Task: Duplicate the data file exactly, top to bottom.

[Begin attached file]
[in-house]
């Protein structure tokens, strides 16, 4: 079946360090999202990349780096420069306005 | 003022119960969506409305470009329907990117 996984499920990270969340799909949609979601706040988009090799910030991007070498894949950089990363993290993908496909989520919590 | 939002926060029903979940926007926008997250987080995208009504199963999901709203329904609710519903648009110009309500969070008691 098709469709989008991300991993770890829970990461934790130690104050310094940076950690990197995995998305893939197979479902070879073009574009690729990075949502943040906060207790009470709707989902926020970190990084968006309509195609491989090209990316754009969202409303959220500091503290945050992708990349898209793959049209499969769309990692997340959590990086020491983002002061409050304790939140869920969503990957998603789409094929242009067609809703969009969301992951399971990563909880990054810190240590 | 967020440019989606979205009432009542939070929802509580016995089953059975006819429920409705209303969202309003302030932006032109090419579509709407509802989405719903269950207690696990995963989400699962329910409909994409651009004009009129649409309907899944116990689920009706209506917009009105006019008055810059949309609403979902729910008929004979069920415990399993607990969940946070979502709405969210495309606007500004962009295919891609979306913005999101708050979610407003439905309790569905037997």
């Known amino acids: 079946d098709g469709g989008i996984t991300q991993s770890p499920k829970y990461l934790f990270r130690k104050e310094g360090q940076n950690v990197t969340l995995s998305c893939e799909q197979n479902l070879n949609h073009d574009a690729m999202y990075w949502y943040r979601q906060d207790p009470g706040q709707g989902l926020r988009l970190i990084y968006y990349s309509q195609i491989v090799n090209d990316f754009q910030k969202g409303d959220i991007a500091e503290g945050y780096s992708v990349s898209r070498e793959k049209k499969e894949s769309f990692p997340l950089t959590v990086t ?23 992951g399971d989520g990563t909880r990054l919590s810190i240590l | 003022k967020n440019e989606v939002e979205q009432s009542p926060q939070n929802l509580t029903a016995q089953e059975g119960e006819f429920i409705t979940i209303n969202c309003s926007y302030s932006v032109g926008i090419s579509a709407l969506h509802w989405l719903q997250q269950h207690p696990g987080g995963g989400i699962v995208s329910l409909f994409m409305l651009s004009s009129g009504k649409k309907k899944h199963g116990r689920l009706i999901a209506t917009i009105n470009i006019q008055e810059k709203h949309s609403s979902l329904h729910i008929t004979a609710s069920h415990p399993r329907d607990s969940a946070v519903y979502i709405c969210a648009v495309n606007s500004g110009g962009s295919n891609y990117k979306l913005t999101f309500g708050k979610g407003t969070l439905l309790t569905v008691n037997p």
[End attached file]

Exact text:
[in-house]
């Protein structure tokens, strides 16, 4: 079946360090999202990349780096420069306005 | 003022119960969506409305470009329907990117 996984499920990270969340799909949609979601706040988009090799910030991007070498894949950089990363993290993908496909989520919590 | 939002926060029903979940926007926008997250987080995208009504199963999901709203329904609710519903648009110009309500969070008691 098709469709989008991300991993770890829970990461934790130690104050310094940076950690990197995995998305893939197979479902070879073009574009690729990075949502943040906060207790009470709707989902926020970190990084968006309509195609491989090209990316754009969202409303959220500091503290945050992708990349898209793959049209499969769309990692997340959590990086020491983002002061409050304790939140869920969503990957998603789409094929242009067609809703969009969301992951399971990563909880990054810190240590 | 967020440019989606979205009432009542939070929802509580016995089953059975006819429920409705209303969202309003302030932006032109090419579509709407509802989405719903269950207690696990995963989400699962329910409909994409651009004009009129649409309907899944116990689920009706209506917009009105006019008055810059949309609403979902729910008929004979069920415990399993607990969940946070979502709405969210495309606007500004962009295919891609979306913005999101708050979610407003439905309790569905037997």
């Known amino acids: 079946d098709g469709g989008i996984t991300q991993s770890p499920k829970y990461l934790f990270r130690k104050e310094g360090q940076n950690v990197t969340l995995s998305c893939e799909q197979n479902l070879n949609h073009d574009a690729m999202y990075w949502y943040r979601q906060d207790p009470g706040q709707g989902l926020r988009l970190i990084y968006y990349s309509q195609i491989v090799n090209d990316f754009q910030k969202g409303d959220i991007a500091e503290g945050y780096s992708v990349s898209r070498e793959k049209k499969e894949s769309f990692p997340l950089t959590v990086t ?23 992951g399971d989520g990563t909880r990054l919590s810190i240590l | 003022k967020n440019e989606v939002e979205q009432s009542p926060q939070n929802l509580t029903a016995q089953e059975g119960e006819f429920i409705t979940i209303n969202c309003s926007y302030s932006v032109g926008i090419s579509a709407l969506h509802w989405l719903q997250q269950h207690p696990g987080g995963g989400i699962v995208s329910l409909f994409m409305l651009s004009s009129g009504k649409k309907k899944h199963g116990r689920l009706i999901a209506t917009i009105n470009i006019q008055e810059k709203h949309s609403s979902l329904h729910i008929t004979a609710s069920h415990p399993r329907d607990s969940a946070v519903y979502i709405c969210a648009v495309n606007s500004g110009g962009s295919n891609y990117k979306l913005t999101f309500g708050k979610g407003t969070l439905l309790t569905v008691n037997p």